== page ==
Belgium was the second in the world to legalize gay-marriage (in 2003!) and has an openly gay prime minister, so gay bashing wasn't my primary concern while vacationing in Brussels. I was busy worrying about where my next moules-frites and Trappist beer were coming from and fretting over exactly how much chocolate I was going to get away with loading into the suitcase.
Then I got a text message from a friend who is a local in Brussels. There had been two incidents of gay bashing from the previous night. And both took place in the area around the Grand Place, the heart of the Belgian capital's gay community.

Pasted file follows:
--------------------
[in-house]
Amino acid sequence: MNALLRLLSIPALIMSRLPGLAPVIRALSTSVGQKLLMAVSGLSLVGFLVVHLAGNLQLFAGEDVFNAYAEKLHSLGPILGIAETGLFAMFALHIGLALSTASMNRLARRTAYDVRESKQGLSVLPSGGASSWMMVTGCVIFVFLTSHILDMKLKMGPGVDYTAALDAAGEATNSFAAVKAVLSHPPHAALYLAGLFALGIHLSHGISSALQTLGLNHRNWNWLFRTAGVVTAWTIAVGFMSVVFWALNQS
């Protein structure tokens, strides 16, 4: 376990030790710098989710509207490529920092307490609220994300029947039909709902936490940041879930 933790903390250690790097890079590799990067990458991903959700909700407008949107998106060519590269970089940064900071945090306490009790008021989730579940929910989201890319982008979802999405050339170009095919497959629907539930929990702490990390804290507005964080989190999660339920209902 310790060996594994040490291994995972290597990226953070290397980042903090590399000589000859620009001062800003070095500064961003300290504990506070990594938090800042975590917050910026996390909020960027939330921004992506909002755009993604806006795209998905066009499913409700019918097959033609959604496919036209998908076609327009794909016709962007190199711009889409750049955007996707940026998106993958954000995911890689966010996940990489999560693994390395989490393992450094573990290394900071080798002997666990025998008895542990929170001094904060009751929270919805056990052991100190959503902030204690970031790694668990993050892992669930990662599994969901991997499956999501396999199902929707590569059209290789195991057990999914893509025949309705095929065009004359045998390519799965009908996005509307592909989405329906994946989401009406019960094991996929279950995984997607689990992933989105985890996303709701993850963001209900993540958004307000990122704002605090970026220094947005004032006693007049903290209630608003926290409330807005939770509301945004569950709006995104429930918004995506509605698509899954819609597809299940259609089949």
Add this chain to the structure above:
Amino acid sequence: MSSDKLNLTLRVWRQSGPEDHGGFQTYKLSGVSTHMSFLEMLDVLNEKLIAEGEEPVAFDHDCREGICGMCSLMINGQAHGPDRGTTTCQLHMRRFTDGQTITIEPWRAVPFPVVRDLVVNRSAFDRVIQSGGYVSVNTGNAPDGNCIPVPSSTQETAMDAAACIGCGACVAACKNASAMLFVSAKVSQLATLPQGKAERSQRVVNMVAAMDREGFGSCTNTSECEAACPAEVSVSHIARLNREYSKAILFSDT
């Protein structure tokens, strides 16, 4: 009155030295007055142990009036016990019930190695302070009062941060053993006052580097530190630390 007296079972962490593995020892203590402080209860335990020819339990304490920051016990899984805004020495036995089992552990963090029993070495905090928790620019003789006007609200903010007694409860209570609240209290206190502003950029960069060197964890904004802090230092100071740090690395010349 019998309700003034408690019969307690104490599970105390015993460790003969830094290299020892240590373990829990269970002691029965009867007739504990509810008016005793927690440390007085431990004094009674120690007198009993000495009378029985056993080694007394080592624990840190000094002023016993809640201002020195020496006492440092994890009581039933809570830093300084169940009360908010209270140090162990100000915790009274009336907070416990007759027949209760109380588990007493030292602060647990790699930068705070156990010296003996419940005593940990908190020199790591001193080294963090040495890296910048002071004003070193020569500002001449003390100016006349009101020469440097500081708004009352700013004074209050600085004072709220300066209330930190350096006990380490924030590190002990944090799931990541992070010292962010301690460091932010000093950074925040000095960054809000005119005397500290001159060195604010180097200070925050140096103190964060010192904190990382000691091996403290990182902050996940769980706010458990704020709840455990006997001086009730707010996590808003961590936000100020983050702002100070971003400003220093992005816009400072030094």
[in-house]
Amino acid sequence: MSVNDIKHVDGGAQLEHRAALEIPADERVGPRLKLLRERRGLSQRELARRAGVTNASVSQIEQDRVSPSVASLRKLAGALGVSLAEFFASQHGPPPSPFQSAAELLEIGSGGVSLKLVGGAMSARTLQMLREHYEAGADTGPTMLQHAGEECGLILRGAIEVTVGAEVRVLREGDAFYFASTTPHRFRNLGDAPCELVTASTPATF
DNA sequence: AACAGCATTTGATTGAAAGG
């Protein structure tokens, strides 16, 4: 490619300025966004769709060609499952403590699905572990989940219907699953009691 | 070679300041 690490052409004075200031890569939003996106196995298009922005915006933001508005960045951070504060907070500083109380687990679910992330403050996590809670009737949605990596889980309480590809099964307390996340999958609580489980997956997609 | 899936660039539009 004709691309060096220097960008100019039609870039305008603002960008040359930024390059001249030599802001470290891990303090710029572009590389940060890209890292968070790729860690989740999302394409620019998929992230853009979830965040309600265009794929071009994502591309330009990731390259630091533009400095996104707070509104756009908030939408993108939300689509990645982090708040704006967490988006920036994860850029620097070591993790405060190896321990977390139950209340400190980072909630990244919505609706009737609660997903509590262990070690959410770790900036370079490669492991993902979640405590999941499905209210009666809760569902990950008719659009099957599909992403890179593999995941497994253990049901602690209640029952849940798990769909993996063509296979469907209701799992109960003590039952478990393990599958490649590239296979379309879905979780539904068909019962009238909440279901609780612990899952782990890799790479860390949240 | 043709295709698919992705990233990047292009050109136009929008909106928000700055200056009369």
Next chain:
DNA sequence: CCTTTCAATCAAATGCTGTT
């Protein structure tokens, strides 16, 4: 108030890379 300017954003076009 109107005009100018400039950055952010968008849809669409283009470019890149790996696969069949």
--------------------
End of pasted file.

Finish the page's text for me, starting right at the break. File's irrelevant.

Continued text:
In that moment, I realized that I was one small link in a big and rapid chain of text messages that flew around that day. This is community, I thought. And there needs to be a way for others to know this information.
A few months later, an app that does precisely that—called Bashing—made headlines in Belgium and in Europe. It is now at the center of a grassroots movement to track, report, and mobilize action against gay bashing throughout the continent. (Story continues on next page)